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Israel Orders Evacuations as Strikes Pound Gaza City: Live Updates

Israel and Egypt agreed to allow at least 19 sick children, most of them cancer patients, to leave Gaza for medical treatment on Thursday, Israeli and Palestinian officials said, in the first major evacuation of critically ill Gazans since the Rafah border crossing shut down in early May.

The Israeli military said the operation had been carried out in coordination with the United States, Egypt and the international community. In total, 68 people — sick and injured patients and their escorts — were allowed to leave, the military said.

Tania Hary, who directs Gisha, an Israeli nonprofit organization that advocates the free movement of Palestinians, said she was relieved that the children may “have a chance at life and finally receive the care they deserve.” But she emphasized that many more sick and wounded people remained trapped in Gaza, without any obvious mechanism for how they might be evacuated.

“It is a drop in an ocean of suffering, as thousands more wait to reach medical facilities outside the strip,” she said. “It serves as another reminder that the most vulnerable residents of Gaza — its children, sick and elderly — are paying the highest price.”

Over 10,000 sick and wounded people in Gaza require urgent care that is available only outside the enclave, the World Health Organization said this week. They include those wounded in airstrikes, as well as cancer patients, children with life-threatening illnesses and older people who need open-heart surgery.

Even before the war, many Gazans were forced to travel abroad for lifesaving treatments, like chemotherapy, which were almost nonexistent in the Gaza Strip. The enclave’s health sector has struggled for over 15 years under a crippling Israeli-Egyptian blockade intended to contain Hamas.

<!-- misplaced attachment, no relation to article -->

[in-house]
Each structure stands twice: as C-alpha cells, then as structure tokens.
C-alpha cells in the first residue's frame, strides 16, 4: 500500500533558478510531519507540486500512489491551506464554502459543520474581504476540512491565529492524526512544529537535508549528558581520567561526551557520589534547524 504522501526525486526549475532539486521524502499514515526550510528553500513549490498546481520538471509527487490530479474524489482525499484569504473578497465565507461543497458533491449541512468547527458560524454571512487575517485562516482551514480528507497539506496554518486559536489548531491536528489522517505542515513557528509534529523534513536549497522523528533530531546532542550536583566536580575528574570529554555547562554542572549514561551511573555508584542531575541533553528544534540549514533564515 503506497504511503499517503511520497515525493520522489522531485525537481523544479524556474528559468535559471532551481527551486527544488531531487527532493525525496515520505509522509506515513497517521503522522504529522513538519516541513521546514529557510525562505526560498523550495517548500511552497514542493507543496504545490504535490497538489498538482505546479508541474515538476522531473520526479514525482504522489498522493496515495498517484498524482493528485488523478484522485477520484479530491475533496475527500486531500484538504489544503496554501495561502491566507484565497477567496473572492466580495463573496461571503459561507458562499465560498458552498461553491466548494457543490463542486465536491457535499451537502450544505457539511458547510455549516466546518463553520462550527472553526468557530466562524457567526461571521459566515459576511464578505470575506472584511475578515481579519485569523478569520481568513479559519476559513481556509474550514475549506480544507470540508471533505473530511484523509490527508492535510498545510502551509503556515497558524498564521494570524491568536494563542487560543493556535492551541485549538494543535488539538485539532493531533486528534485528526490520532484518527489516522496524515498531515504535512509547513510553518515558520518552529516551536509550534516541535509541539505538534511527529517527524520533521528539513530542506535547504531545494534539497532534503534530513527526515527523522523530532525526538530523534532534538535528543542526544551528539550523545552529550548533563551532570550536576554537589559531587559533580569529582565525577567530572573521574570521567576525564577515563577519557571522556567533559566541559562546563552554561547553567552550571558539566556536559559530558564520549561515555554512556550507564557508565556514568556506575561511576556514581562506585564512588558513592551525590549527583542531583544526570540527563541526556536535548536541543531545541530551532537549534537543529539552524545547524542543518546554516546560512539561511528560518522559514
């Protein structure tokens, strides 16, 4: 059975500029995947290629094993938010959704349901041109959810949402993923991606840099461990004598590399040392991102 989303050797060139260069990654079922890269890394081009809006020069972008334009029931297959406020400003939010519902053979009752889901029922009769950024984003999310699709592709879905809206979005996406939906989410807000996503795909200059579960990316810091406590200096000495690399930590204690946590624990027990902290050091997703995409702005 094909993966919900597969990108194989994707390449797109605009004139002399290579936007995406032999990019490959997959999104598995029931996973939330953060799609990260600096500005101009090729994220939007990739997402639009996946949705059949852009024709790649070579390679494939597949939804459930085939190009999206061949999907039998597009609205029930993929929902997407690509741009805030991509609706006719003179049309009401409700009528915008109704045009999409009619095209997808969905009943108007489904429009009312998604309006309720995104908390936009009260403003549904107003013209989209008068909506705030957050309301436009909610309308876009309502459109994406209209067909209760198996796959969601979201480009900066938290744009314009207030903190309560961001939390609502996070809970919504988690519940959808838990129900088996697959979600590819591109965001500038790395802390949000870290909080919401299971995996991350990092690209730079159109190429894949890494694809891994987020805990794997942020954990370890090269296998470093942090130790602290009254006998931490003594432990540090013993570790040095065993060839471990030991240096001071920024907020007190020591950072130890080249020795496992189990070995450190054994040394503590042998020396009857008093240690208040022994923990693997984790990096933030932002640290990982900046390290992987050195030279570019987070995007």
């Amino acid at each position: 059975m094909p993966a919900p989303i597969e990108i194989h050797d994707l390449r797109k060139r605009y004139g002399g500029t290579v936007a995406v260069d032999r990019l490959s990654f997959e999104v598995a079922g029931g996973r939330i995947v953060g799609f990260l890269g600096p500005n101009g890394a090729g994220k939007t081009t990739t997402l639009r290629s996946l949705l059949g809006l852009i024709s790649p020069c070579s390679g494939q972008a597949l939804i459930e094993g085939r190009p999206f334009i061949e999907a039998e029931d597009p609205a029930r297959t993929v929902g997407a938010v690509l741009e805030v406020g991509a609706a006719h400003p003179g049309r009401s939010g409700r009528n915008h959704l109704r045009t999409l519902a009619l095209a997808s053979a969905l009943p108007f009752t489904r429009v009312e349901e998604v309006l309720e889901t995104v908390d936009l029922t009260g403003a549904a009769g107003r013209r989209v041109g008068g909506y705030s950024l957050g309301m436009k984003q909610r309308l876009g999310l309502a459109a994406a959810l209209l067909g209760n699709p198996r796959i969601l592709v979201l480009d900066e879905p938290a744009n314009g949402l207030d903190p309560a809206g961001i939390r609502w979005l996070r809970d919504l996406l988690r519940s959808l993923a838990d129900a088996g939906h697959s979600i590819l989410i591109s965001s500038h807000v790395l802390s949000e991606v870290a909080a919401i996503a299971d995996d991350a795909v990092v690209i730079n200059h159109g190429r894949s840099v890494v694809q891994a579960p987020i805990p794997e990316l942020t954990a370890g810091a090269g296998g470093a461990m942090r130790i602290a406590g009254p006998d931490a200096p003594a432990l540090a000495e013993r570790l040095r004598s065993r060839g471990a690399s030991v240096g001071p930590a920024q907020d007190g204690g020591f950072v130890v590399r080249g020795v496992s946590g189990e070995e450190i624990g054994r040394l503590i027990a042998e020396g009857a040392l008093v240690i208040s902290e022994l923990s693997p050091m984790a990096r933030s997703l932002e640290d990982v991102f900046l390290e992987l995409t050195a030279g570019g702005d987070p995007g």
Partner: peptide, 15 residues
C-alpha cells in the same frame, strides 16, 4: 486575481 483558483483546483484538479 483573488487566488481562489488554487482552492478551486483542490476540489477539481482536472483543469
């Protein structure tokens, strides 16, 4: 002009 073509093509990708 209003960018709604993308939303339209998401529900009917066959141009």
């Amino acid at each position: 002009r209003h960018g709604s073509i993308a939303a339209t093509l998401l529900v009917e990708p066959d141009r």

But the main conduit through which Gazans could leave — the Rafah crossing with Egypt — shut down after Israeli forces captured the border in May during a military offensive. Egypt shuttered its side of the gateway in protest, and the Gazan part was later destroyed in a fire, according to the Israeli military, seemingly dashing hopes that it would be reopened in the near future.

At least two sick Gazans who were slated to leave in early May have died, their family members said.

With the Rafah crossing closed, the group of children evacuated on Thursday was taken into Israeli territory through another border point, Kerem Shalom, before being brought to Egypt. The move did not appear to immediately herald a new permanent route for the critically ill to safely leave Gaza.

A woman waving goodbye to her son as he and other patients left for the Gazan border.Credit…Mohammed Salem/Reuters

One of the children who made the crossing on Thursday was a 10-month-old girl named Sadeel Hamdan.

For months, her family had looked on with growing dread as Sadeel’s condition deteriorated. Her belly swelled like a balloon because of severe liver failure, and she desperately needed a transplant, her father, Tamer Hamdan, said.

On Thursday morning — after weeks of waiting — Mr. Hamdan and Sadeel were finally permitted to leave the enclave. After entering Israel, they were ferried along with other patients to Nitzana, an Israeli border crossing, where they entered Egyptian territory, he said.

“Thank God,” said Mr. Hamdan, who was reached by phone as he sat in a bus on the Egyptian side of the checkpoint. “We’re so happy that we brought out Sadeel safely. Now we just need to complete her treatment.”

Their departure from Gaza, however, was bittersweet.

Mr. Hamdan traveled with his daughter so that he could be a partial liver donor, but his wife and three other children were not permitted to join them. He said he feared for their fate in Gaza.

“We’re all heading into the unknown,” he said.

For each patient who left, there were many others left behind. Muna Abu Holi, a college professor from central Gaza, survived an explosion that killed one of her daughters and left two others seriously wounded.

Both of her surviving daughters had received approval to travel through the Rafah crossing on May 7 for medical treatment, according to documents from the Gaza Health Ministry. But the Israeli offensive led to the border shutting down.

“We’re grasping for any possible hope,” said Ms. Abu Holi. “Every piece of news we hear, we cling to.”

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Nathan
Nathan

Nathan is an experienced journalist. He's covered a broad spectrum of topics, including politics, culture, and human interest stories, always aiming to engage and inform his audience. Nathan has a degree in Journalism and upholds the highest standards of integrity and accuracy in his work.

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